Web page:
What sort of demon has taken control of our souls?

Sex discrimination

Years ago at a “commune” in Northwest Montana we had a two holer. It had a picture window, too. We could sit in there and watch hornets catch flies and suck out their juices. I didn’t realize until now that having the holes be the same size was discrimination.  
As timothy Leary said, ” If women want equality with men they are lowering their standards.”


I get an email each day from Jacob Hornberger at the Future of Freedom Foundation (check it out).

Today’s included this quote from John T. Flynn, who was never fooled by that despicable man, FDR.

“Fascism will come at the hands of perfectly authentic Americans who have been working to commit this country to the rule of the bureaucratic state; interfering in the affairs of the states and cities; taking part in the management of industry and finance and agriculture; assuming the role of great national banker and investor, borrowing billions every year and spending them on all sorts of projects through which such a government can paralyze opposition and command public support; marshaling great armies and navies at crushing costs to support the industry of war and preparation for war which will become our nation’s greatest industry; and adding to all this the most romantic adventures in global planning, regeneration, and domination, all to be done under the authority of a powerfully centralized government in which the executive will hold in effect all the powers, with Congress reduced to the role of a debating society.”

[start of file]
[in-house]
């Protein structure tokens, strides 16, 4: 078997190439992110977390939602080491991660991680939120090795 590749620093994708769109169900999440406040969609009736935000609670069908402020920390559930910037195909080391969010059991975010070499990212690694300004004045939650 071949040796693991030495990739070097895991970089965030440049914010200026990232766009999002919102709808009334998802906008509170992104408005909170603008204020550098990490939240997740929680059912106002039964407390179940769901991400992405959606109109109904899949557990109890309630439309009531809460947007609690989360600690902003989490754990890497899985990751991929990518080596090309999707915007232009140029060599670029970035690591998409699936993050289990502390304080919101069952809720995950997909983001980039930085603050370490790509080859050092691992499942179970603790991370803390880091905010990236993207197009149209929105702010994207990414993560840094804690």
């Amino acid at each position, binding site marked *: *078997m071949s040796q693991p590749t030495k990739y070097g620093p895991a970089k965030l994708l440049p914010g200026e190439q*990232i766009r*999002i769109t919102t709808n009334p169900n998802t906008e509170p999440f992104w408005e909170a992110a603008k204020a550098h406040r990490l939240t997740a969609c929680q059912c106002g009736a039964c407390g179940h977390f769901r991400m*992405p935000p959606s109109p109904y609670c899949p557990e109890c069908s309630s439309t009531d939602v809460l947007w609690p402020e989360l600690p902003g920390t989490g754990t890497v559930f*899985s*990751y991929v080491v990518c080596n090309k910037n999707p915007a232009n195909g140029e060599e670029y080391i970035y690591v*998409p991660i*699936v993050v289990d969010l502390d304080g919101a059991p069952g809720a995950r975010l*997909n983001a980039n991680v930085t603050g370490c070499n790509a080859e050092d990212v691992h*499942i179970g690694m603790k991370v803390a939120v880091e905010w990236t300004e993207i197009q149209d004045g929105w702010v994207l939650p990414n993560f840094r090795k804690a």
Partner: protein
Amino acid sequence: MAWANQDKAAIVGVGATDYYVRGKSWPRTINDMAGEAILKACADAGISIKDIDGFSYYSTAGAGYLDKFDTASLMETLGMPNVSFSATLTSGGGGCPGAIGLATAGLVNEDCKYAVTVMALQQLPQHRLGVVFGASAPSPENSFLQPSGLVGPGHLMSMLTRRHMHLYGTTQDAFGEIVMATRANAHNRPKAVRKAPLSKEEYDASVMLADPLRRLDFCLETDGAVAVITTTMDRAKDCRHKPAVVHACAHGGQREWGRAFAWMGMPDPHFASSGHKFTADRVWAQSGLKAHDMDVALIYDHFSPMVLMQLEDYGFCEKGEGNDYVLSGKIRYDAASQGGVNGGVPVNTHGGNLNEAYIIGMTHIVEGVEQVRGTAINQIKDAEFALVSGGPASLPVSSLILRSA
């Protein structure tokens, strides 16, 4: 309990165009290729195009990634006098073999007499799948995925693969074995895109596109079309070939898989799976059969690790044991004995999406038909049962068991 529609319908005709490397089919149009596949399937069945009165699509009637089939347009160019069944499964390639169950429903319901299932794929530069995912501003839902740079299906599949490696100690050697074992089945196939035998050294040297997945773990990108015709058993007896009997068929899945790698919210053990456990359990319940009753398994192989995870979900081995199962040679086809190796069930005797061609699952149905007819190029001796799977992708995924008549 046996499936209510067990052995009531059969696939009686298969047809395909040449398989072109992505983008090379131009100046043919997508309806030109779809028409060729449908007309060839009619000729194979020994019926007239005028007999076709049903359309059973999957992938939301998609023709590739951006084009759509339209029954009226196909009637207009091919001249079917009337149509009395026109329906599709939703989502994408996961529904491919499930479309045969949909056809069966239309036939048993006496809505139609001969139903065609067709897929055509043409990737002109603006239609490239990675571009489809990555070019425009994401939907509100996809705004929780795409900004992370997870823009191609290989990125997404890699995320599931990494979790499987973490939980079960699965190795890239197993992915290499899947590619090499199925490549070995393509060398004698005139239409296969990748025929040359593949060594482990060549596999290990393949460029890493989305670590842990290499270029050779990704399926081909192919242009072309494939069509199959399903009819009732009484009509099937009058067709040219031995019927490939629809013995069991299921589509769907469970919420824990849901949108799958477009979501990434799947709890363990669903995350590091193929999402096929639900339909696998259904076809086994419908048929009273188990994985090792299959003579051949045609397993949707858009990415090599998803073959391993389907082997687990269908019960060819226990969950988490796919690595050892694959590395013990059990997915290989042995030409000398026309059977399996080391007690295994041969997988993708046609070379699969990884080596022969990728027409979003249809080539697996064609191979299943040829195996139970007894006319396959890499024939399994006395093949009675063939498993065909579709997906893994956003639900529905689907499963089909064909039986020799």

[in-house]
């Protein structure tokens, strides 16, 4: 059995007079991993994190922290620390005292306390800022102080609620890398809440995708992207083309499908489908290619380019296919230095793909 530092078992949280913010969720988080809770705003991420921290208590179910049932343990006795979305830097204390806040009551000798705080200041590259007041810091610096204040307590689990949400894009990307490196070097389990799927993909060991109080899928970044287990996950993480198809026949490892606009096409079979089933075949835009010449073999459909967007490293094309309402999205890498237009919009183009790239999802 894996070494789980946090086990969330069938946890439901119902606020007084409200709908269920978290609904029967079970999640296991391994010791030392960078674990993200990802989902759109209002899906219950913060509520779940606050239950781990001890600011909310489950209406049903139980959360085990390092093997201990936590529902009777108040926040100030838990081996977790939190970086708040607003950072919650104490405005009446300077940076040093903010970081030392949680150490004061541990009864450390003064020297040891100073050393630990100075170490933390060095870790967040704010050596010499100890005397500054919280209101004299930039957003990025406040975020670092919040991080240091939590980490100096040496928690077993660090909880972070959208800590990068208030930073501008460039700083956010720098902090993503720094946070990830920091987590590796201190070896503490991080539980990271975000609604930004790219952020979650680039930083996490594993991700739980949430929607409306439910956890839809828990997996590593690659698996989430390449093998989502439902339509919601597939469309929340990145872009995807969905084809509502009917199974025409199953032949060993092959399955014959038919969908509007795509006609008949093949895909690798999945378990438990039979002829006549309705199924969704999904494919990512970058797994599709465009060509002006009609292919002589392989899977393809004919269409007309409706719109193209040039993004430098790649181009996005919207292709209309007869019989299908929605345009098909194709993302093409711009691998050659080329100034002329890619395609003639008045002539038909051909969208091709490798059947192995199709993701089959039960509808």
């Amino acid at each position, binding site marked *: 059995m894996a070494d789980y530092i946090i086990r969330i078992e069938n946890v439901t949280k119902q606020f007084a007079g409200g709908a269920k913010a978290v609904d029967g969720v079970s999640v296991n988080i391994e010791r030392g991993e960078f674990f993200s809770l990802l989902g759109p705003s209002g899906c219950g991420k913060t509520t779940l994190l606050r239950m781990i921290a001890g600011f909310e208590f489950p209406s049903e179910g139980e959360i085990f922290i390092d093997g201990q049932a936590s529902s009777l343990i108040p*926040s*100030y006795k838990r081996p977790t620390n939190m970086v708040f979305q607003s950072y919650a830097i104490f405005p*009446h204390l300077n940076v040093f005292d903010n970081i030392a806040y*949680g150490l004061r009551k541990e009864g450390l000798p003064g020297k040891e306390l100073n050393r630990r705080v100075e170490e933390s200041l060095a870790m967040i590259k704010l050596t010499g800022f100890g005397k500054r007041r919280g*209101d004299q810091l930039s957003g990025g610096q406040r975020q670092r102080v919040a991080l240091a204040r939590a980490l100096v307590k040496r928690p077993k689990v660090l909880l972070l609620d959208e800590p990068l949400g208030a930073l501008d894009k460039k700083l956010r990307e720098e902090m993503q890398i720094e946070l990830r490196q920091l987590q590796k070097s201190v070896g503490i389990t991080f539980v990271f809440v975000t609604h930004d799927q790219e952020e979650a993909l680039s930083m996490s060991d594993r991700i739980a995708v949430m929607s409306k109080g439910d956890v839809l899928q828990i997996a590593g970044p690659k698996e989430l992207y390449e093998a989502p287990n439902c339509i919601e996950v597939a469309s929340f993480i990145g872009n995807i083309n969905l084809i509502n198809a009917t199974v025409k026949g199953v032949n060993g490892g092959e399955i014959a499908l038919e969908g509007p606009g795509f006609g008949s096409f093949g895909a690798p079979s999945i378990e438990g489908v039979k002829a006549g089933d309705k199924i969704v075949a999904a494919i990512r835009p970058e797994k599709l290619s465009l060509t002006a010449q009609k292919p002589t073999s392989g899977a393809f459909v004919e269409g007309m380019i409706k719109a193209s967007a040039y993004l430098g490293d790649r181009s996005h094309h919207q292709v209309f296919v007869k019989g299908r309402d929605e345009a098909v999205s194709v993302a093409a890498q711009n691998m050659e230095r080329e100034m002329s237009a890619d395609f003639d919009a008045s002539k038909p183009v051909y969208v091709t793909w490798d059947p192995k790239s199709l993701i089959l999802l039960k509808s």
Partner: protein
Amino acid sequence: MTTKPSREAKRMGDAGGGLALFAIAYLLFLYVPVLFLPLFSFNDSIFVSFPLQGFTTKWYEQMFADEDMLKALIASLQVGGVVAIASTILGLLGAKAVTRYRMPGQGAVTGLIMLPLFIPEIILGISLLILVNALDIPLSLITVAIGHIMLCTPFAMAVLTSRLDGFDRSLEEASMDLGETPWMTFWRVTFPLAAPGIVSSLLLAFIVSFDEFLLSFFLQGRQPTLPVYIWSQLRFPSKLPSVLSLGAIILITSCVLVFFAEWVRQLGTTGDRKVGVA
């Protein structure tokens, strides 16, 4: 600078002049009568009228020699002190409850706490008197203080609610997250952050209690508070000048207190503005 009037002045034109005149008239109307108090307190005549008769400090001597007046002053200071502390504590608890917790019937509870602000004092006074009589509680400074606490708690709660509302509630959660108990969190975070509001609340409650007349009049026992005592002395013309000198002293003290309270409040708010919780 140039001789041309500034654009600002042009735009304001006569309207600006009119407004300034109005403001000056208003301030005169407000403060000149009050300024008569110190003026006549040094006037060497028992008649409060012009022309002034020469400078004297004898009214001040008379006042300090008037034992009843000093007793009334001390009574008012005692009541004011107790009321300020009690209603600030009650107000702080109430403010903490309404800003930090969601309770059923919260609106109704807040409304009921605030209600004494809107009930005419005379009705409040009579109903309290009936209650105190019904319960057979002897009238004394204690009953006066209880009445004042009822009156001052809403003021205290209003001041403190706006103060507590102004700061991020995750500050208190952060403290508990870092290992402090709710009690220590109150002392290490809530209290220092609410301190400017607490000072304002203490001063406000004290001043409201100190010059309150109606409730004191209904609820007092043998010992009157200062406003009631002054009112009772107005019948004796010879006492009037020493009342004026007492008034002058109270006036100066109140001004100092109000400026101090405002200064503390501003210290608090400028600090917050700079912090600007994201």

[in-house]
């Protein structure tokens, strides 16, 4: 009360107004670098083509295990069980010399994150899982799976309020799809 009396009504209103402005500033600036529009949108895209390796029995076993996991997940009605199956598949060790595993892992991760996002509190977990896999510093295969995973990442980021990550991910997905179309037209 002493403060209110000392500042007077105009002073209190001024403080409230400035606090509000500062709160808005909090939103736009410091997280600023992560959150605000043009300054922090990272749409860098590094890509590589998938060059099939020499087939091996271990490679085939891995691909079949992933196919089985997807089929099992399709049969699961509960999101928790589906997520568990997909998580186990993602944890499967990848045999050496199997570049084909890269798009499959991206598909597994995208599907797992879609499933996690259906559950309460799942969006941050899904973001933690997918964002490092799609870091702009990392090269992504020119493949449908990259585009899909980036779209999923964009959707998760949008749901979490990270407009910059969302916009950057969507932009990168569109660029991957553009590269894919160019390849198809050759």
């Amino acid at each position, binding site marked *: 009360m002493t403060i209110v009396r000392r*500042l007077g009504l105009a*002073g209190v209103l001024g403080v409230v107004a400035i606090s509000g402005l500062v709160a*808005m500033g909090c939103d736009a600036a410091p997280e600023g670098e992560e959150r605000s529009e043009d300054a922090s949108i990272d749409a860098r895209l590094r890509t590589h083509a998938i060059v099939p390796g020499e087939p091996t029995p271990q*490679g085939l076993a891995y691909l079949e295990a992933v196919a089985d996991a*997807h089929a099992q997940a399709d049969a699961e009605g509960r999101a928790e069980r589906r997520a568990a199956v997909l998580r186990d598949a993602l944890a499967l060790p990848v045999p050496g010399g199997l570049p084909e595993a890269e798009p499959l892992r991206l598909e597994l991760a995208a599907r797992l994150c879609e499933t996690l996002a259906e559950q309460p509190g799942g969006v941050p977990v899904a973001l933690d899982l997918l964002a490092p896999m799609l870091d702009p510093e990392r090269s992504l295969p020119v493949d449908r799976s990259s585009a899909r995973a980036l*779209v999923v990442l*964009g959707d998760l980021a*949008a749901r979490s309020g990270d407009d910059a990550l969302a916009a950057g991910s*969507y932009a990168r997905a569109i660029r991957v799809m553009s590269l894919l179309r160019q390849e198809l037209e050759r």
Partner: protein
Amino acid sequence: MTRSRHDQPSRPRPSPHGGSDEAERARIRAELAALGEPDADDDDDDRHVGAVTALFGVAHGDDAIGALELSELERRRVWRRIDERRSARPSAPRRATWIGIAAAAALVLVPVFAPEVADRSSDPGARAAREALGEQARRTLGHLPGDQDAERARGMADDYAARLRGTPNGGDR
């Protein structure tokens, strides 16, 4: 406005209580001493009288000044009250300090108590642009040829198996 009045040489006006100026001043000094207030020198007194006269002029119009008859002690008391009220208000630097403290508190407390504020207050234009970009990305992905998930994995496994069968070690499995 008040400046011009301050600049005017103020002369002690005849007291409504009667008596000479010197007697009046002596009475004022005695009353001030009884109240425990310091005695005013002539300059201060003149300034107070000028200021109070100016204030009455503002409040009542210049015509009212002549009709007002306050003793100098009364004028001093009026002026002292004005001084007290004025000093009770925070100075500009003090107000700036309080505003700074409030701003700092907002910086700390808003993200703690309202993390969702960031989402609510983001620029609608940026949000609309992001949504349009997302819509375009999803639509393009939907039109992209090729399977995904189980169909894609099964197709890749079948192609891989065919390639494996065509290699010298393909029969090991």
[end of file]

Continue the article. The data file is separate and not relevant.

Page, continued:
John T. Flynn, As We Go Marching [1944]